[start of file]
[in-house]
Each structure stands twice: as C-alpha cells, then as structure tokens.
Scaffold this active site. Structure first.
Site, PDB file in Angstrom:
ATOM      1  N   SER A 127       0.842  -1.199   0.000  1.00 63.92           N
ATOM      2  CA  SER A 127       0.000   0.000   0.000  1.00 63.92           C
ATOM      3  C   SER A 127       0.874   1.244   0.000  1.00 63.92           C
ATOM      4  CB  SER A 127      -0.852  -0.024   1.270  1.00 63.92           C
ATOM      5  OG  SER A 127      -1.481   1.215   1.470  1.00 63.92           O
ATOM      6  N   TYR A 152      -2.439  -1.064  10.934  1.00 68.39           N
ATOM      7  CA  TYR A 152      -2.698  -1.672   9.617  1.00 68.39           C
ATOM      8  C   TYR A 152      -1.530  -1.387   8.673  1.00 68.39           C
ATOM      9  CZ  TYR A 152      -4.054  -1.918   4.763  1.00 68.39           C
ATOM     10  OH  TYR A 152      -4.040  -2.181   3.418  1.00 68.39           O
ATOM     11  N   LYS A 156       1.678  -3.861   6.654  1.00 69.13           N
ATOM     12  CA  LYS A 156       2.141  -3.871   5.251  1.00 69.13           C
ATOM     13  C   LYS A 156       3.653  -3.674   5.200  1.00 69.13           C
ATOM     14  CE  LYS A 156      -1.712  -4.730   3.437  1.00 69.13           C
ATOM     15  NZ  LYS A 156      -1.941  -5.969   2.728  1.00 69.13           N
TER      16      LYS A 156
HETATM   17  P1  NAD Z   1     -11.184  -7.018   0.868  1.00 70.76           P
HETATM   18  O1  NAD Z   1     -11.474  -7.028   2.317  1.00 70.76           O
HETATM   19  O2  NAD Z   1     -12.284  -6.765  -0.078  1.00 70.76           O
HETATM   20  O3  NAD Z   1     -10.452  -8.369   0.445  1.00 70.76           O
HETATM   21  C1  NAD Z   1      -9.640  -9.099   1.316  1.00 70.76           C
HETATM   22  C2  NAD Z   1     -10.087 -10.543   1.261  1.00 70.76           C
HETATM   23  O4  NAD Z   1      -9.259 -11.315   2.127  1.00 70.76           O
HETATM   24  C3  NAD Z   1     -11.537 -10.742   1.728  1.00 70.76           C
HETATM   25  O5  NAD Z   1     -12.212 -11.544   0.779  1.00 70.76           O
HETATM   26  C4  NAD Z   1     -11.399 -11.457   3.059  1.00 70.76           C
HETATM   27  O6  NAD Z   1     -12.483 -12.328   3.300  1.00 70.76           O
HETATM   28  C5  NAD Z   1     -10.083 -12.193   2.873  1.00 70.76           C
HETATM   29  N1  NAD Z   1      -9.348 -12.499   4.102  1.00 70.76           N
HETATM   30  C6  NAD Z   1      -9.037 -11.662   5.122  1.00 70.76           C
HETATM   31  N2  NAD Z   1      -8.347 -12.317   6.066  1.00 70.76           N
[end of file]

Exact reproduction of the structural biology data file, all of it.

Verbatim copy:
[in-house]
Each structure stands twice: as C-alpha cells, then as structure tokens.
Scaffold this active site. Structure first.
Site, PDB file in Angstrom:
ATOM      1  N   SER A 127       0.842  -1.199   0.000  1.00 63.92           N
ATOM      2  CA  SER A 127       0.000   0.000   0.000  1.00 63.92           C
ATOM      3  C   SER A 127       0.874   1.244   0.000  1.00 63.92           C
ATOM      4  CB  SER A 127      -0.852  -0.024   1.270  1.00 63.92           C
ATOM      5  OG  SER A 127      -1.481   1.215   1.470  1.00 63.92           O
ATOM      6  N   TYR A 152      -2.439  -1.064  10.934  1.00 68.39           N
ATOM      7  CA  TYR A 152      -2.698  -1.672   9.617  1.00 68.39           C
ATOM      8  C   TYR A 152      -1.530  -1.387   8.673  1.00 68.39           C
ATOM      9  CZ  TYR A 152      -4.054  -1.918   4.763  1.00 68.39           C
ATOM     10  OH  TYR A 152      -4.040  -2.181   3.418  1.00 68.39           O
ATOM     11  N   LYS A 156       1.678  -3.861   6.654  1.00 69.13           N
ATOM     12  CA  LYS A 156       2.141  -3.871   5.251  1.00 69.13           C
ATOM     13  C   LYS A 156       3.653  -3.674   5.200  1.00 69.13           C
ATOM     14  CE  LYS A 156      -1.712  -4.730   3.437  1.00 69.13           C
ATOM     15  NZ  LYS A 156      -1.941  -5.969   2.728  1.00 69.13           N
TER      16      LYS A 156
HETATM   17  P1  NAD Z   1     -11.184  -7.018   0.868  1.00 70.76           P
HETATM   18  O1  NAD Z   1     -11.474  -7.028   2.317  1.00 70.76           O
HETATM   19  O2  NAD Z   1     -12.284  -6.765  -0.078  1.00 70.76           O
HETATM   20  O3  NAD Z   1     -10.452  -8.369   0.445  1.00 70.76           O
HETATM   21  C1  NAD Z   1      -9.640  -9.099   1.316  1.00 70.76           C
HETATM   22  C2  NAD Z   1     -10.087 -10.543   1.261  1.00 70.76           C
HETATM   23  O4  NAD Z   1      -9.259 -11.315   2.127  1.00 70.76           O
HETATM   24  C3  NAD Z   1     -11.537 -10.742   1.728  1.00 70.76           C
HETATM   25  O5  NAD Z   1     -12.212 -11.544   0.779  1.00 70.76           O
HETATM   26  C4  NAD Z   1     -11.399 -11.457   3.059  1.00 70.76           C
HETATM   27  O6  NAD Z   1     -12.483 -12.328   3.300  1.00 70.76           O
HETATM   28  C5  NAD Z   1     -10.083 -12.193   2.873  1.00 70.76           C
HETATM   29  N1  NAD Z   1      -9.348 -12.499   4.102  1.00 70.76           N
HETATM   30  C6  NAD Z   1      -9.037 -11.662   5.122  1.00 70.76           C
HETATM   31  N2  NAD Z   1      -8.347 -12.317   6.066  1.00 70.76           N